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Copyright 2017 The Arizona Daily Star. All Rights Reserved.

Arizona Daily Star (Tucson)


The realization that many teens don't get enough exercise gave Daisha Enos an idea.

The 38-year-old mother would use her experience as an athletic trainer and Turbo Kick instructor to create a space just for teenagers to participate in group fitness classes to show them they can exercise and have fun at the same time.

"I saw teenagers didn't have a lot of exercise options. They were either athletes or they were not," Enos said. "The athletes got plenty of exercise during season but the other kids didn't have an outlet. And I thought what if they had their own facility because that's the thing with teenagers. They like to do things with their friends and stuff."

So, with the help of her husband, Aron, she opened TeenFit Studio earlier this month with a lineup of nine classes, which include Pound Fitness, Strong by Zumba and Insanity Live, specifically for high school students.

On the first visit, parents have to come in with their child to sign a waiver, unless the child is 18 years old. After that, teens are free to show up on their own.

There are no pricey memberships or obligations required to attend. Instead, teens can either drop in for $10 a class or save a little and buy a Class Pass.

The more classes purchased, the less expensive it will be. For example, a pass for 10 classes costs $80, which is a savings of 20 percent from the drop-in rate. The only caveat is you have to use them within a certain time frame.

While people tend to think of group exercise classes as a girl thing, Enos is trying to make it clear that, no, it isn't just for girls.

"It's for everybody. As long as you're a high school teenager, we've got routines for you," Enos said. "Yes, your boys might want to come to P90x or Insanity (both are offered there) because it's hard-core and lifting weights, but boys can also benefit from Pilates and yoga type classes where we can increase flexibility, which decreases their chance of injury."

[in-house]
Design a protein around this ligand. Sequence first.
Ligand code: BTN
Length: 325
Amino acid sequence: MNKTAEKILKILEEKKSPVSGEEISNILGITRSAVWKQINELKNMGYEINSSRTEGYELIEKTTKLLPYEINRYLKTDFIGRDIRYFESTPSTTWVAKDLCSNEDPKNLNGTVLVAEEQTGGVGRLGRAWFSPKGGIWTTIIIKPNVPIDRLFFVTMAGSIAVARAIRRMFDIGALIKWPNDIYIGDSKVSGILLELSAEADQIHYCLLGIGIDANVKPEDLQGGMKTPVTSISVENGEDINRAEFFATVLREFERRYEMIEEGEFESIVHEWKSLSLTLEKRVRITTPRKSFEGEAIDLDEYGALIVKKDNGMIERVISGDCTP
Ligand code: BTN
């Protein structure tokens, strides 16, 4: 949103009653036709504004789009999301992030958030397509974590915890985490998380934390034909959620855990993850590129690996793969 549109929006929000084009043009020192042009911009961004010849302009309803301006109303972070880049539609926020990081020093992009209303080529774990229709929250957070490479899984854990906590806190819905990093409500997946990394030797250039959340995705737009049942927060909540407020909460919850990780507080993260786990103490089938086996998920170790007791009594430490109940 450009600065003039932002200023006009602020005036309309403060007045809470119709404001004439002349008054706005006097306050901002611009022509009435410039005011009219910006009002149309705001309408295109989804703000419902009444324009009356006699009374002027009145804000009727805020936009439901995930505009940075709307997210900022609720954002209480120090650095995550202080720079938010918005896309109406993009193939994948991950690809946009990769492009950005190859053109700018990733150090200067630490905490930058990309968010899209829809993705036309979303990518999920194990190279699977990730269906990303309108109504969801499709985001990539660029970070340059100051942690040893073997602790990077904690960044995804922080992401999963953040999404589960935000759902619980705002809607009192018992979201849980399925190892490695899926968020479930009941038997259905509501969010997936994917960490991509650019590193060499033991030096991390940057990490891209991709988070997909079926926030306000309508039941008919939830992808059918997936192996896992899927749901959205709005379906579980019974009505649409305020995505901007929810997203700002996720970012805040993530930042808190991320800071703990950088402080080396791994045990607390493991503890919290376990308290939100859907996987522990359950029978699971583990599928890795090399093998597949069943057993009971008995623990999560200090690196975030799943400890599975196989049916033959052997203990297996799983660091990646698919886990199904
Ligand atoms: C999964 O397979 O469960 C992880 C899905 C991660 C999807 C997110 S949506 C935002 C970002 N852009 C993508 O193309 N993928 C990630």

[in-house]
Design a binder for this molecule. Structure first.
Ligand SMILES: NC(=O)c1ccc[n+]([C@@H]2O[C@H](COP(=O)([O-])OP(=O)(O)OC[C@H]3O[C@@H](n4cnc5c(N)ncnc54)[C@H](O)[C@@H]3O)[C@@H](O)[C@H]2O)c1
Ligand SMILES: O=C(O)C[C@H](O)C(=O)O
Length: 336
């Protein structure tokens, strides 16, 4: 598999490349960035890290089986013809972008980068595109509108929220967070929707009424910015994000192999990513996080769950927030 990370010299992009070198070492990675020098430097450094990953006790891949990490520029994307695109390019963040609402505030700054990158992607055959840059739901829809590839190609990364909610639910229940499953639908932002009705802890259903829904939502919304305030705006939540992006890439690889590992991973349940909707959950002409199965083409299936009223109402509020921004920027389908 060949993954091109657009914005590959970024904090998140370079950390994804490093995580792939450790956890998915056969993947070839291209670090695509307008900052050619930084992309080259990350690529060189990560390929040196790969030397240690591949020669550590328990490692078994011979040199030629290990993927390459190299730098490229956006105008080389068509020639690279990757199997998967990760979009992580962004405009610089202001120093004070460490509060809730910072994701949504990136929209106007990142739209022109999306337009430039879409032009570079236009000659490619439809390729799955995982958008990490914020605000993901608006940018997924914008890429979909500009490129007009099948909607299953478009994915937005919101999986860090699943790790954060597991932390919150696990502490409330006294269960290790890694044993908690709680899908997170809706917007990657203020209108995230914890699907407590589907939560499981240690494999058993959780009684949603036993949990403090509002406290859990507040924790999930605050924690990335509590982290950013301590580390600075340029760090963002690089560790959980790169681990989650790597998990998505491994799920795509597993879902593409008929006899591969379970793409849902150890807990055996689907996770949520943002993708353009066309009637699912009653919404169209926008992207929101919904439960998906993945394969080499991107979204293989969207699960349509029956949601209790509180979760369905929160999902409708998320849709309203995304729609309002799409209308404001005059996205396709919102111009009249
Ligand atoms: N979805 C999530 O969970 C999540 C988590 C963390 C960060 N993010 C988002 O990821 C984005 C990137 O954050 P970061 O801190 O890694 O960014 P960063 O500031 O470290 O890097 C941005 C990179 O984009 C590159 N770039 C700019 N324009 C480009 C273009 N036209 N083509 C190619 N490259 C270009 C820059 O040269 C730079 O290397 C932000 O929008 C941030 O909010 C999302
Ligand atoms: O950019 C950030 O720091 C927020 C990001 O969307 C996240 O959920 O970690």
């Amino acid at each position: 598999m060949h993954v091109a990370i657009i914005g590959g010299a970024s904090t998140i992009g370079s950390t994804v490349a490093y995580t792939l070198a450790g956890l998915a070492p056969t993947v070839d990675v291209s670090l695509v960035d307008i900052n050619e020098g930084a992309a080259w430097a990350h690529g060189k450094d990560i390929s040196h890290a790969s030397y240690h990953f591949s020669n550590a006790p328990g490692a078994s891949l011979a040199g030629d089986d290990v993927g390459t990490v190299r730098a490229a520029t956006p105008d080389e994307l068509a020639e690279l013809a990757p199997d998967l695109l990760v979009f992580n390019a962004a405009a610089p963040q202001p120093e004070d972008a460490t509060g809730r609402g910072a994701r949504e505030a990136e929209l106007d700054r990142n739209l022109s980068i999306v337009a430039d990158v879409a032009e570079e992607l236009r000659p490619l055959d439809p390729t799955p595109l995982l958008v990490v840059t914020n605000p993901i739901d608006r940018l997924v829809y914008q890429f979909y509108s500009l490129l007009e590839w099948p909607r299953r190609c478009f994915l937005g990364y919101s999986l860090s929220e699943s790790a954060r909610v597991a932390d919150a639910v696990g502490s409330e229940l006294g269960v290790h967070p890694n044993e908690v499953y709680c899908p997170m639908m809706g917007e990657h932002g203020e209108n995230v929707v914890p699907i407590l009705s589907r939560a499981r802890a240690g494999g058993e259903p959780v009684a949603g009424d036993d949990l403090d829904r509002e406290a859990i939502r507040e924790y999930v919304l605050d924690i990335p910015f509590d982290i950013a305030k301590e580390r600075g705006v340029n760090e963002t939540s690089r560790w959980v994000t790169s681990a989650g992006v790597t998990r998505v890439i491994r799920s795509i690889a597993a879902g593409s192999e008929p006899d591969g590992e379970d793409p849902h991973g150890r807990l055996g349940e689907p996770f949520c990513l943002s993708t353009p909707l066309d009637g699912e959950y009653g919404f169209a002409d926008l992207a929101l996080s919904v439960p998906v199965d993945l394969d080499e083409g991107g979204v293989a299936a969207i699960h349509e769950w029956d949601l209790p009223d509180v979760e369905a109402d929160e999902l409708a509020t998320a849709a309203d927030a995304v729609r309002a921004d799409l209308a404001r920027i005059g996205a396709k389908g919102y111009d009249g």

In addition to improving their physical health, gym-goers will have a chance to better the community through the studio's TeenFit Club.

"We'll get together several times a year and see what we can do to help out in Tucson, not only to get word out about the studio, but also to give back to the community," Enos said. "I'm a big proponent of that. I've always done volunteer work in my personal time, so I wanted that to be a mainstay here. But, I don't want it to just be Daisha's thing. I want the teenagers to help, so they'll help decide what charities and organizations we help out."

All in all, Enos hopes to build a community and give teenagers the foundation for a healthy lifestyle at her bright east-side studio.

"If they come here and it helps them physically and mentally, all the other things fall into place," Enos said.

"I think that's what's important about maintaining a healthy lifestyle. You find something you love and you keep doing it ... It's not gonna be something you dread or something you have to do. It's something you believe from within is good for you and that's why you'll maintain it. ... So, I'm trying to hit all the aspects of a teenager and not just say, 'Hey come exercise for an hour and then leave.' I want them to understand why they're doing it."

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August 28, 2017


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